And back in the day, it obviously wasn’t necessary to be protected from X-rays shooting through bodies. Other than the safety precautions that were apparently ignored by these two dummies, it was rather impressive that they could do X-rays on board. This ship can do everything!


No, this isn’t the dentist chair. But close.

The Midway prided itself on being able to manufacture any metal part needed at sea. It wasn’t always possible to ship over-night (Ok…it was never possible), so the Midway needed the ability to make anything that could break on the ship.

With the tools in this metal shop, they could do it. And do it well, too, according to the metal workers that I listened to on the audio tour. Hey, if you’ve got it, flaunt it! These guys were really proud of the work that they accomplished.


I won’t even attempt to name this machine. It’s fancy, though, and it helped them get their part-making job done.

Metal press? Dang it, sorry.


This is the prison post office on the ship. Here I heard some stories from the Navy wives who said goodbye to their husbands for countless six-month deployments. Yuck. I’ve been gone two weeks straight from Hubby and can’t wait to see him tomorrow. Six months would probably make my little heart explode.

The post office was an important place because it kept up the morale of the sailors by processing treats from home.


Inside the post office, we find my favorite dummy from the entire ship.

For some reason, this guy is pulling a Tim-Tebow-Prayer moment over this mail. I didn’t realize that letters for the men were this important! I just love it. Even dummies can be funny!


Woohoo! We’re finally done below decks, after seeing the enlisted men’s quarters as well as where the officers lived while at sea. I’m ready to see some blue sky again, so let’s head upstairs.

I passed this pod, which can keep twenty-five sailors alive if the ship goes down. There were several hundred of these pods attached to the outside of the flight deck. It contained water bottles, iodine, a 25-man life raft, life vests, and MREs for two days. If the ship is sunk, these pods automatically opened when touching the water. All you have to do is get to it.

No pressure.


They even had a bucket inside this pod that was used to dish water out of the life raft. The last thing that you want is water sinking your life raft when you’ve just come from a sunken aircraft carrier!


This is the stairway to heaven, my friends. Let’s go look at airplanes up on the flight deck!

Can you believe that you have to wait all weekend for such wonderful eye candy? I don’t mean to be mean…

Thursday, July 19, 2012

Midway Museum Love, Part One

Midway Part 1

As I mentioned yesterday, this wasn’t my first time to the San Diego area. I’ve been here several times for work, but I’ve always had to work. It left no time for play. Rude, I know. But just last week while visiting San Diego for work, I had the chance to finally play!

And boy, oh boy, was it wonderful.


So, of course, I make a direct route to the USS Midway Museum located on the pier in San Diego Bay. I’ve always wanted to come here and was even considering an extended weekend trip this fall with Hubby, until I realized that only one of us would really dig walking through a giant ship covered in airplanes.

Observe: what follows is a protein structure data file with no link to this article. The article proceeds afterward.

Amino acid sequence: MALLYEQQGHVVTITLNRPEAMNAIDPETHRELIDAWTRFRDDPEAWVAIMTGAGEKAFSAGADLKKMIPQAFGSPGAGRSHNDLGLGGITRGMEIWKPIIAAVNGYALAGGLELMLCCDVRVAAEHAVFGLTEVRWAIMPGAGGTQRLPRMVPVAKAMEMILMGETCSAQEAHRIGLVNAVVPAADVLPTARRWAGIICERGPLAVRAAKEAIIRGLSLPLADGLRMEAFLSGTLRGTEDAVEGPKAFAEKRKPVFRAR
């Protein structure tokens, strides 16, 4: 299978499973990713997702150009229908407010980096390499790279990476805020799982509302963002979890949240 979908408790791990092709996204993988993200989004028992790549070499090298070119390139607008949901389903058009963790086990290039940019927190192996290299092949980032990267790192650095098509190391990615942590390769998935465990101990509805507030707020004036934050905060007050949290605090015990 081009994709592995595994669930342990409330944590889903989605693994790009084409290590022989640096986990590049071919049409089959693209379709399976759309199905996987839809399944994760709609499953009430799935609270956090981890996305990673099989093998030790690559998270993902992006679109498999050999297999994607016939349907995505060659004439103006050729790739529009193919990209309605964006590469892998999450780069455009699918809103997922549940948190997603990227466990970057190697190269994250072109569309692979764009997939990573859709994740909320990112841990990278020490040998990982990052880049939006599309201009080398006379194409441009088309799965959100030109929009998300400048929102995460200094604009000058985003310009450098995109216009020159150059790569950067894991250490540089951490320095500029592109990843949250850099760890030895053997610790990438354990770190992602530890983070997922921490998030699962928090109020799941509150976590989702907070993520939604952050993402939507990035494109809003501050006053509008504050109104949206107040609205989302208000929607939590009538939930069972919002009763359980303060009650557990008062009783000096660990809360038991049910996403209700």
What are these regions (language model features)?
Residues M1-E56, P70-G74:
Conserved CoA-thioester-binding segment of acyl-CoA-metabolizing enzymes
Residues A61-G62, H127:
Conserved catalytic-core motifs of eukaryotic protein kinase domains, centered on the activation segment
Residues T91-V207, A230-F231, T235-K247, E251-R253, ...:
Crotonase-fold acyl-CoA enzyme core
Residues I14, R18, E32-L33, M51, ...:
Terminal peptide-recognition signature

I can’t think of anything more romantic, but I have to consider his needs, too. It’s that whole married-thing, you know?

For today’s post, I will focus mainly on the lower decks of the ship itself. We will get to the good stuff airplanes over the next few days. This museum could easily take a full week’s worth of posts. I’m fine with that if you are.


Much to Hubby’s relief, I’m sure, I was able to visit the museum in person while I was “working” in San Diego. I didn’t even blink an eye when it came to coughing up $18 for admission to the museum.

It is certainly more than I usually pay to walk around historic aircraft carriers, but I thought it would be even more worth it because admission brought with it an audio tour using a headset and personal listening device.

Wow, $18 and the only ticket that they can provide is a fuzzy picture with a bar code on back? Fine, I’m not one to complain. *snort*

Well, thank you. I feel welcomed.


After a quick test to ensure the headset was working properly, we started this party out right by walking past an FU-4 Corsair. They beef up these wings to allow for the gigantic prop to clear the ground. It’s really hard to fly an airplane when the prop can’t spin, you know?

I love this airplane, and it played such a huge part in our winning the war.


So let’s go check out the ship! I just hope that I can remember all of the useful information that I heard over my headset as I walked. The whole experience was so educational, and I left in awe of what was accomplished from the decks of this ancient aircraft carrier.

I was pretty excited to be here. Did I mention this was a dream come true? If I had a written bucket list, this would be on it in a bright-red Sharpie. It felt so wonderful to finally be able to see the Midway in person.


Since there were upwards of 4,500 crewmen on board, a store was simply necessary. Please don’t be alarmed (like I was) by this mannequin. Apparently, to make the ship  tour feel more creepy life-like, the museum donation box dropped a whole lotta money on countless dummies made to look like they were in service on the ship.

Yeah, it caught me off guard, too. Luckily, no one was around me when I “met” this first lifeless friend. I wish I could say that it gets better.


I did approve of the prices of goods for sale, though.

Though not as small as some submarines that I’ve been on, the interior walkways of this ship were still petite. Of course, the average height of an American man back then (the ship began construction in 1942 and was commissioned in 1945) was 5’6”.